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Reviewed by:
  • The Landowners of the Argentine Pampas: A Social and Political History, 1860–1945
  • José Antonio Sánchez Román
The Landowners of the Argentine Pampas: A Social and Political History, 1860–1945. By Roy Hora (New York: Oxford University Press, 2001. ix plus 264 pp.).

The estancia, the large plot of land devoted to livestock raising has been—and probably still is—a stereotypical image of Argentine rural life and society. Nonetheless, we lacked a modern historiographical approach to the men that owned the land: the estancieros or hacendados.1 This absence is remarkable since the landowners played a major role in the Argentine society until almost mid-twentieth century. As Ramón Cárcano, a landowner from the last quarter of the nineteenth century, put it: “At the bottom of every Argentine heart there is an estanciero” (pp. 62–3).

Roy Hora’s book fills this historiographical vacuum and at the same time offers a challenging and original contribution to the study of the Argentine social and political development. First of all, Dr. Hora successfully discounts the popular image of a static, traditional, stable landed class. The Landowners... is mainly the history of the making of a social class. During the decades previous to the 1880s, Argentine’s economic elites had more powerful links to urban than to rural life. Livestock was part of their business portfolio, but they perceived themselves as merchants rather than estancieros. This is shown by the failure of the Sociedad Rural Argentina (an association created by the most forward-looking rural entrepreneurs) to appeal to most of the landowners and encourage them to a deeper commitment to the rural development and also by the frequent practice of proprietors’ absenteeism.

One of the achievements of Hora’s work is its dynamic analysis of the landowner group. Although agro-export was the main feature of Argentine economy during the 1860s and 1870s, the estancieros, as a rather homogeneous and cohesive group, began to play a more active role in Argentine society after 1880. The political stabilization, the end of the Indian threat in the frontier, the extension of the railroad, the building of public utilities, and other institutional reforms, allowed the landowners to pay more attention to their rural affairs and even to abandon the practice of absenteeism and move to the countryside. The pro-business tranquillity and order imposed by a stronger national government was exploited by the landowners to increase their fortunes and to modernize their enterprises, introducing technical and managerial improvements. The country’s economic progress was based on the impressive transformation of the rural sector, and the landowners claimed their right to social pre-eminence as the result of the contribution to that progress made by their economic success and their [End Page 1102] entrepreneurial skills. Hora challenges the common ideas about the “traditional” mentality of the landowners and convincingly proves that the legitimacy of the estancieros’ aspirations to the social upper stratum arose from their talent. They considered themselves a landed meritocracy rather than a regressive aristocracy.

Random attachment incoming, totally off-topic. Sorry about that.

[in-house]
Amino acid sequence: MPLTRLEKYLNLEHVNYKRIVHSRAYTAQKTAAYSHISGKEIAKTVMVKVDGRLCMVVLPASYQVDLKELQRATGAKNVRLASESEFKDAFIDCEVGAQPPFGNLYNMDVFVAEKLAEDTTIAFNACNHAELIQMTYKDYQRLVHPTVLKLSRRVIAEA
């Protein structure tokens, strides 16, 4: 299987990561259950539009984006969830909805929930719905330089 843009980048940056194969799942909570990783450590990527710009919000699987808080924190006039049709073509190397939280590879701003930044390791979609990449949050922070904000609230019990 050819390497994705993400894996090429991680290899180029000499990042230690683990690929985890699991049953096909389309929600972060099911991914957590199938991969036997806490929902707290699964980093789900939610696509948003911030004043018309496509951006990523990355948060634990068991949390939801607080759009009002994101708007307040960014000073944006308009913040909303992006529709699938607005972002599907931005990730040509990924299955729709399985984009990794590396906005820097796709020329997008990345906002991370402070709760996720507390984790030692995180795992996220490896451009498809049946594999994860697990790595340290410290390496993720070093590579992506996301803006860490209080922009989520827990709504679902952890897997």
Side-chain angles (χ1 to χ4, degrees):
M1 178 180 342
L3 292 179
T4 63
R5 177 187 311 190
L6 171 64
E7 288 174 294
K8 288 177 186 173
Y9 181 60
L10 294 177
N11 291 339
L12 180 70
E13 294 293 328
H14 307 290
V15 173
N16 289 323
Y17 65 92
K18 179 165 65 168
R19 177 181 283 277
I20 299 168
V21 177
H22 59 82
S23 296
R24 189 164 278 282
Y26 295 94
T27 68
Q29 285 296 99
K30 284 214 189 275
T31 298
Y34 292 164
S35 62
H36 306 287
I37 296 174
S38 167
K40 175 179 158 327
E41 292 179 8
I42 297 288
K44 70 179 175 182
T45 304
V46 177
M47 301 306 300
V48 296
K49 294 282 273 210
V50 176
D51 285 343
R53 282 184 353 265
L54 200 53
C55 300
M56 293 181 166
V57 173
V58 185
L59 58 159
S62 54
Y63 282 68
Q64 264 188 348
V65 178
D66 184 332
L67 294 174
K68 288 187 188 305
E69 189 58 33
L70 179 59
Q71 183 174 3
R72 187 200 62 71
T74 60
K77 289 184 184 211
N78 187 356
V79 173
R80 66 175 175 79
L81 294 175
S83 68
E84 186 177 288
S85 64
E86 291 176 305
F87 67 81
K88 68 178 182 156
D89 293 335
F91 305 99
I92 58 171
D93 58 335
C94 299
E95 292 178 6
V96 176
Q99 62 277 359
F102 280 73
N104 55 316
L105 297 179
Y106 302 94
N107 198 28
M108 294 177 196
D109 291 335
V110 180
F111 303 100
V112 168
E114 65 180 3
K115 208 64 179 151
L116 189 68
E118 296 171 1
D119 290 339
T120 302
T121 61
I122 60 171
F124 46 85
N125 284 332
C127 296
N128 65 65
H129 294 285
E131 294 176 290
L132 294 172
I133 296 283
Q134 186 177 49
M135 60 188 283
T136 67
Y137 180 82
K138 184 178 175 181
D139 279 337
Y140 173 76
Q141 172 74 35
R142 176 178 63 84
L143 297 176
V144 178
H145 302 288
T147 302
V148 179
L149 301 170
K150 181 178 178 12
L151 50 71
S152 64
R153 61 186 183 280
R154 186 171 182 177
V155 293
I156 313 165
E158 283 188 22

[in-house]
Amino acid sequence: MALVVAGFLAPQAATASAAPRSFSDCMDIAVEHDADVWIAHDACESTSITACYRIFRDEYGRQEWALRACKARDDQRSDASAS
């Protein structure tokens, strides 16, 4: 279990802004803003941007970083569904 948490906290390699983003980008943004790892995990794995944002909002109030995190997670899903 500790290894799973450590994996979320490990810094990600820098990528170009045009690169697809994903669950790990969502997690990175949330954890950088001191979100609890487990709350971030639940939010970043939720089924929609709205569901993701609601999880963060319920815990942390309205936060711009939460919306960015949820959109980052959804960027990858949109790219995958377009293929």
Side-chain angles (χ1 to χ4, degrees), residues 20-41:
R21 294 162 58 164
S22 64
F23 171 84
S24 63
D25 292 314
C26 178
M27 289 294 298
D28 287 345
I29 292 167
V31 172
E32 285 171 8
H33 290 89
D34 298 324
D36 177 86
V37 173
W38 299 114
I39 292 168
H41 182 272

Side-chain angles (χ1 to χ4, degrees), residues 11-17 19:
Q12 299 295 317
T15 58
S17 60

This has been a shared feature of the economic elites in Western World since the end of the nineteenth century. The members of upper class have tried to justify their social ascendance on the grounds of their incarnation of the dearest social values—at the same time trying to model the social values themselves to fit them to their own characteristics. The pervasive influence of the idea of progress—to a great extent related to economic, technological and scientific connotations—in Argentina, as in many other countries, led the landowners to invent themselves as a group within this ideological framework. A rather similar story could be told about the “scientific” ideology launched by Fordism and Taylorism at the beginning of the 20th century with extraordinary success among the factory owners in Western World. Yet, the Argentine economic elites at the turn of the century were peculiar compared to their peers in other countries. Revealing and underlining this peculiarity is one of the most original contributions of Hora’s book, and it is worth further comment.

As a reaction to the static and conservative image of the Argentine economic elites, a historiographical trend...

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